The construction site of 2050 will be virtually human-free, as work is moved offsite, machinery
is operated via remote control, and new materials and techniques are exploited to lower costs and improve safety and efficiency, a study released by the international infrastructure group Balfour Beatty predicted.
The report, “Innovation 2050: A Digital Future for the Infrastructure Industry,” examined the pace and rate of change within the industry. Researchers observed that the rise of digitization and robotics in construction is poised to bring about a huge increase in productivity, as technologies such as building information modelling (BIM), augmented and virtual reality, cloud data storage, telematics, drones, and data analytics enable construction companies to deliver projects more efficiently and effectively.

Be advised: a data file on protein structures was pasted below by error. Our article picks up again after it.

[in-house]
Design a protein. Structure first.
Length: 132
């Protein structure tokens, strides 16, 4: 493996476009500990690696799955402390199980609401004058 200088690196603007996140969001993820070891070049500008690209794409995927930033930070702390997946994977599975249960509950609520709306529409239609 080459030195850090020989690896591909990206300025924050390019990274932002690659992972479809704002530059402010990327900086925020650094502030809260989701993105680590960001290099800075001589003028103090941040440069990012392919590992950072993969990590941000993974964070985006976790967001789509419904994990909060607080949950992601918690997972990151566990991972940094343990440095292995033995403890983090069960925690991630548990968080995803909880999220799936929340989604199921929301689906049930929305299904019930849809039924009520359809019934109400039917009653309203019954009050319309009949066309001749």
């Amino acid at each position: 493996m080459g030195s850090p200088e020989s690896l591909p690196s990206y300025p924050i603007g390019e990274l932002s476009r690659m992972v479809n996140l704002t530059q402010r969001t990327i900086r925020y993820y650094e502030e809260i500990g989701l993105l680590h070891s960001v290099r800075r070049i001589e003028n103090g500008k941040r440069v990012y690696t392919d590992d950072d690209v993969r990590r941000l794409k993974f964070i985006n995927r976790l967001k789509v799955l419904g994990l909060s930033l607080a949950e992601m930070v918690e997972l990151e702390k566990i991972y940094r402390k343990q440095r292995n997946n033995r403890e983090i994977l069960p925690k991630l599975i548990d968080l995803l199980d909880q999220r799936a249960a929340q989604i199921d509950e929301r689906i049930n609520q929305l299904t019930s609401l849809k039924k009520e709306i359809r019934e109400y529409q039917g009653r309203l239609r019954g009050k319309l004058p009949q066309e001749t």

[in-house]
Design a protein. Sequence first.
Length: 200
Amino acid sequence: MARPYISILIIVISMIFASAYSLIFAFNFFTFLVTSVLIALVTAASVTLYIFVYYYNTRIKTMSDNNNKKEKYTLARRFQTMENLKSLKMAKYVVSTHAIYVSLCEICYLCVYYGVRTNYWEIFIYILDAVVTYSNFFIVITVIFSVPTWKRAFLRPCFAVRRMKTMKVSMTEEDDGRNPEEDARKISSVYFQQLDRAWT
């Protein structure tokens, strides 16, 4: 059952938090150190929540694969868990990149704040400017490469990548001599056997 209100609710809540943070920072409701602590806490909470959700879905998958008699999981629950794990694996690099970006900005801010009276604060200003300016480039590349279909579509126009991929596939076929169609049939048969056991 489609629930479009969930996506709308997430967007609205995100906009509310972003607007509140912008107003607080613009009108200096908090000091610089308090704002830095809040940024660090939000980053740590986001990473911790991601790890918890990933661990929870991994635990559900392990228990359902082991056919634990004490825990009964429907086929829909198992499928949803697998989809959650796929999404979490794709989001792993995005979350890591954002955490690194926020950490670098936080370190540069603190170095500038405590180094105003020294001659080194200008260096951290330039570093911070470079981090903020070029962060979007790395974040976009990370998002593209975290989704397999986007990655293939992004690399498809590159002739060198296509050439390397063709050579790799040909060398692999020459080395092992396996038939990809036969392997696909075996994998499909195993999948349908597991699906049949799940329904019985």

The report painted a picture of a construction site in 2050 in which robots work in teams to build complex structures using dynamic new materials; elements of the build self-assemble; and drones flying overhead scan the site, inspecting the work and using the data collected to anticipate and resolve problems before they arise. The drones then send instructions to robotic cranes and diggers and automated builders, with no need for human involvement.
Researchers further predicted that the main role played by humans on this future work site will be to remotely manage projects, accessing 3D and 4D visuals and data from the onsite machines, and ensuring that the build is proceeding to specification. “The very few people accessing the site itself will wear robotically enhanced exoskeletons and will use neural-control technology to move and control machinery and other robots on site,” the report said.
Yet researchers acknowledged that the adoption of cutting-edge technologies and accelerating change will bring challenges as well as opportunities.